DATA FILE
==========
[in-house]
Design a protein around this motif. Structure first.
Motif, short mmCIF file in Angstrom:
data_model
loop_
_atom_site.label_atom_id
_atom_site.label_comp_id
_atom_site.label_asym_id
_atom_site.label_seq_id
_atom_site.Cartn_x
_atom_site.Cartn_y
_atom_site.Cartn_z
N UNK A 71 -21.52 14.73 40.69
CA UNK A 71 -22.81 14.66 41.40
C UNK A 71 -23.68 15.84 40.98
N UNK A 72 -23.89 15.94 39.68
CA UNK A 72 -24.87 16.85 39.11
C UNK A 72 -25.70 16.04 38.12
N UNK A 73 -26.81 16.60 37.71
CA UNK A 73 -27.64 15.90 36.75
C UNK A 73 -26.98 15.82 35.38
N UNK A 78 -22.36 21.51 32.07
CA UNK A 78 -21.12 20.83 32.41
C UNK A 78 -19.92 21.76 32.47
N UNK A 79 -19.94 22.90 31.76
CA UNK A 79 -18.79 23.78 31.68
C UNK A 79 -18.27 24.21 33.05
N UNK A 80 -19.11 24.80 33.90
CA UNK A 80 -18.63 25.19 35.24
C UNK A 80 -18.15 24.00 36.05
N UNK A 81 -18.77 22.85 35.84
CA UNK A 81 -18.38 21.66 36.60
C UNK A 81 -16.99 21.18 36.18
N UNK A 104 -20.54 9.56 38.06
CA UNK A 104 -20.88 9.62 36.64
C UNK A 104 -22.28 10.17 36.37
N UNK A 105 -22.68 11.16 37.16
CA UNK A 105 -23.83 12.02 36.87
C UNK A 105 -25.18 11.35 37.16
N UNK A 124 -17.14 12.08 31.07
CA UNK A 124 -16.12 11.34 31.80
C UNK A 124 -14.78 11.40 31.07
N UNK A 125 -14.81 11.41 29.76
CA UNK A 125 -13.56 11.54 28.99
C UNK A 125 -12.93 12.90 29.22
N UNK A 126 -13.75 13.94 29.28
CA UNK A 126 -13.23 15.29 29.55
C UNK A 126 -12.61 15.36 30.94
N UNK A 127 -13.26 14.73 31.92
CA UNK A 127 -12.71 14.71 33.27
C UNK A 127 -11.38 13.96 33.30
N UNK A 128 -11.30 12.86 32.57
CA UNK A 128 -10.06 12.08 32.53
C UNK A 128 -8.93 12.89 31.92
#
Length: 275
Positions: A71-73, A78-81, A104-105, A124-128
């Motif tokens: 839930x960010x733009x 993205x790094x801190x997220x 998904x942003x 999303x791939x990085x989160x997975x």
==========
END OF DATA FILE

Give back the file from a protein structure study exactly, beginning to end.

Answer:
[in-house]
Design a protein around this motif. Structure first.
Motif, short mmCIF file in Angstrom:
data_model
loop_
_atom_site.label_atom_id
_atom_site.label_comp_id
_atom_site.label_asym_id
_atom_site.label_seq_id
_atom_site.Cartn_x
_atom_site.Cartn_y
_atom_site.Cartn_z
N UNK A 71 -21.52 14.73 40.69
CA UNK A 71 -22.81 14.66 41.40
C UNK A 71 -23.68 15.84 40.98
N UNK A 72 -23.89 15.94 39.68
CA UNK A 72 -24.87 16.85 39.11
C UNK A 72 -25.70 16.04 38.12
N UNK A 73 -26.81 16.60 37.71
CA UNK A 73 -27.64 15.90 36.75
C UNK A 73 -26.98 15.82 35.38
N UNK A 78 -22.36 21.51 32.07
CA UNK A 78 -21.12 20.83 32.41
C UNK A 78 -19.92 21.76 32.47
N UNK A 79 -19.94 22.90 31.76
CA UNK A 79 -18.79 23.78 31.68
C UNK A 79 -18.27 24.21 33.05
N UNK A 80 -19.11 24.80 33.90
CA UNK A 80 -18.63 25.19 35.24
C UNK A 80 -18.15 24.00 36.05
N UNK A 81 -18.77 22.85 35.84
CA UNK A 81 -18.38 21.66 36.60
C UNK A 81 -16.99 21.18 36.18
N UNK A 104 -20.54 9.56 38.06
CA UNK A 104 -20.88 9.62 36.64
C UNK A 104 -22.28 10.17 36.37
N UNK A 105 -22.68 11.16 37.16
CA UNK A 105 -23.83 12.02 36.87
C UNK A 105 -25.18 11.35 37.16
N UNK A 124 -17.14 12.08 31.07
CA UNK A 124 -16.12 11.34 31.80
C UNK A 124 -14.78 11.40 31.07
N UNK A 125 -14.81 11.41 29.76
CA UNK A 125 -13.56 11.54 28.99
C UNK A 125 -12.93 12.90 29.22
N UNK A 126 -13.75 13.94 29.28
CA UNK A 126 -13.23 15.29 29.55
C UNK A 126 -12.61 15.36 30.94
N UNK A 127 -13.26 14.73 31.92
CA UNK A 127 -12.71 14.71 33.27
C UNK A 127 -11.38 13.96 33.30
N UNK A 128 -11.30 12.86 32.57
CA UNK A 128 -10.06 12.08 32.53
C UNK A 128 -8.93 12.89 31.92
#
Length: 275
Positions: A71-73, A78-81, A104-105, A124-128
């Motif tokens: 839930x960010x733009x 993205x790094x801190x997220x 998904x942003x 999303x791939x990085x989160x997975x």